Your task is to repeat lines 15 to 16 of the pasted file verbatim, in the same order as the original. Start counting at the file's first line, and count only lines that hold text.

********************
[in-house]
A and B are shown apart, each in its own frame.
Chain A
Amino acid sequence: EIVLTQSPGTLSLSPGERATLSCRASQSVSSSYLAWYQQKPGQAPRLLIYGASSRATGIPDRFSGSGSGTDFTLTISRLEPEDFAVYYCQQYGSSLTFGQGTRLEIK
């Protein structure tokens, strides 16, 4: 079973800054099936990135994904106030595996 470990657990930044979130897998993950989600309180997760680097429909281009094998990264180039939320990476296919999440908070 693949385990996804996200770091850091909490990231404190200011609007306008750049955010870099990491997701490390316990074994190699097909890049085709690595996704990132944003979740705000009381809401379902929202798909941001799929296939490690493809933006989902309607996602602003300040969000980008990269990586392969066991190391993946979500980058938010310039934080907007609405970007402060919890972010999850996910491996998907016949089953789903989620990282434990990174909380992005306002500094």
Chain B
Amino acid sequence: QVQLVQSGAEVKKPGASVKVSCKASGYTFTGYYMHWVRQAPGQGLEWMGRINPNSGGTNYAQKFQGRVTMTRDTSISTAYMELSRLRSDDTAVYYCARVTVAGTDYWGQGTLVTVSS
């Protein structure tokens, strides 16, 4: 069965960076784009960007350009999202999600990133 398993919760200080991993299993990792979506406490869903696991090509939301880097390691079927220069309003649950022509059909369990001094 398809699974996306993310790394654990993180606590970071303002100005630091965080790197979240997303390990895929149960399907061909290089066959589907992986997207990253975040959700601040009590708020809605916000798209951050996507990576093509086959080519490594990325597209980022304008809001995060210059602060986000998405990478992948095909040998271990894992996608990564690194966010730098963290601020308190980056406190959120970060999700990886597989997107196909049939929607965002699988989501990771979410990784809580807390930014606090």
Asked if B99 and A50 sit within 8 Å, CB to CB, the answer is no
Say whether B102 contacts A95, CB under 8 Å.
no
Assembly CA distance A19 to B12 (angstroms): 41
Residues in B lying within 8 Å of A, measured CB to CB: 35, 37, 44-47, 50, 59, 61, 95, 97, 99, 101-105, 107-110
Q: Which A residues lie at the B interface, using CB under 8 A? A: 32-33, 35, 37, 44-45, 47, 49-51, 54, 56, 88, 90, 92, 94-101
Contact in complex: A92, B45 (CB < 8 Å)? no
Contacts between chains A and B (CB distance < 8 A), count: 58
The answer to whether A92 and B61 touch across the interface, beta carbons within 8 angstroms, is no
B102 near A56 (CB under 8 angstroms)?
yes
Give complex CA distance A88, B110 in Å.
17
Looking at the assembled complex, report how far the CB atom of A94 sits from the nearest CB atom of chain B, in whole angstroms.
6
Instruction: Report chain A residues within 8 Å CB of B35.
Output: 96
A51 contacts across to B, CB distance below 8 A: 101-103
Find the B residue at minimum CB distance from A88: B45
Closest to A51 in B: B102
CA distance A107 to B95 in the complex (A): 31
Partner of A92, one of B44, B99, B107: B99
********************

Contact in complex: A92, B45 (CB < 8 Å)? no
Contacts between chains A and B (CB distance < 8 A), count: 58